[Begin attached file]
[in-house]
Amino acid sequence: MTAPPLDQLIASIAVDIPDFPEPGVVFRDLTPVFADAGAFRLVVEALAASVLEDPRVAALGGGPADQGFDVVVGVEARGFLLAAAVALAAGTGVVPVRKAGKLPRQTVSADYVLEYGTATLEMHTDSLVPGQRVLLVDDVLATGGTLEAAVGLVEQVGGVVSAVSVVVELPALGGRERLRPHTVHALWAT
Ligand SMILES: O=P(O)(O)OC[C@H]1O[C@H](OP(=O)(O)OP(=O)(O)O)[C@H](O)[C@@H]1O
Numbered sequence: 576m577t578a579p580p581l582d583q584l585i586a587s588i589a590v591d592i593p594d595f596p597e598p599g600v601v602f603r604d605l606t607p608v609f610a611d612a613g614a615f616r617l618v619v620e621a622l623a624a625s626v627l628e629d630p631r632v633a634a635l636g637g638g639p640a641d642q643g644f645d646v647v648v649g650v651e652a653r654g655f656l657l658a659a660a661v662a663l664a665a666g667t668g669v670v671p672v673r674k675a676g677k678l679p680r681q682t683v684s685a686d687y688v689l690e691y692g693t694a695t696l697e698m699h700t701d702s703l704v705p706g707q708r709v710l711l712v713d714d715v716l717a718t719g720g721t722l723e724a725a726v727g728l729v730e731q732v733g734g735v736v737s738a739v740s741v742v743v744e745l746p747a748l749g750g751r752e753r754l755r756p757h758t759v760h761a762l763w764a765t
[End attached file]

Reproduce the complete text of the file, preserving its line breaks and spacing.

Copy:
[in-house]
Amino acid sequence: MTAPPLDQLIASIAVDIPDFPEPGVVFRDLTPVFADAGAFRLVVEALAASVLEDPRVAALGGGPADQGFDVVVGVEARGFLLAAAVALAAGTGVVPVRKAGKLPRQTVSADYVLEYGTATLEMHTDSLVPGQRVLLVDDVLATGGTLEAAVGLVEQVGGVVSAVSVVVELPALGGRERLRPHTVHALWAT
Ligand SMILES: O=P(O)(O)OC[C@H]1O[C@H](OP(=O)(O)OP(=O)(O)O)[C@H](O)[C@@H]1O
Numbered sequence: 576m577t578a579p580p581l582d583q584l585i586a587s588i589a590v591d592i593p594d595f596p597e598p599g600v601v602f603r604d605l606t607p608v609f610a611d612a613g614a615f616r617l618v619v620e621a622l623a624a625s626v627l628e629d630p631r632v633a634a635l636g637g638g639p640a641d642q643g644f645d646v647v648v649g650v651e652a653r654g655f656l657l658a659a660a661v662a663l664a665a666g667t668g669v670v671p672v673r674k675a676g677k678l679p680r681q682t683v684s685a686d687y688v689l690e691y692g693t694a695t696l697e698m699h700t701d702s703l704v705p706g707q708r709v710l711l712v713d714d715v716l717a718t719g720g721t722l723e724a725a726v727g728l729v730e731q732v733g734g735v736v737s738a739v740s741v742v743v744e745l746p747a748l749g750g751r752e753r754l755r756p757h758t759v760h761a762l763w764a765t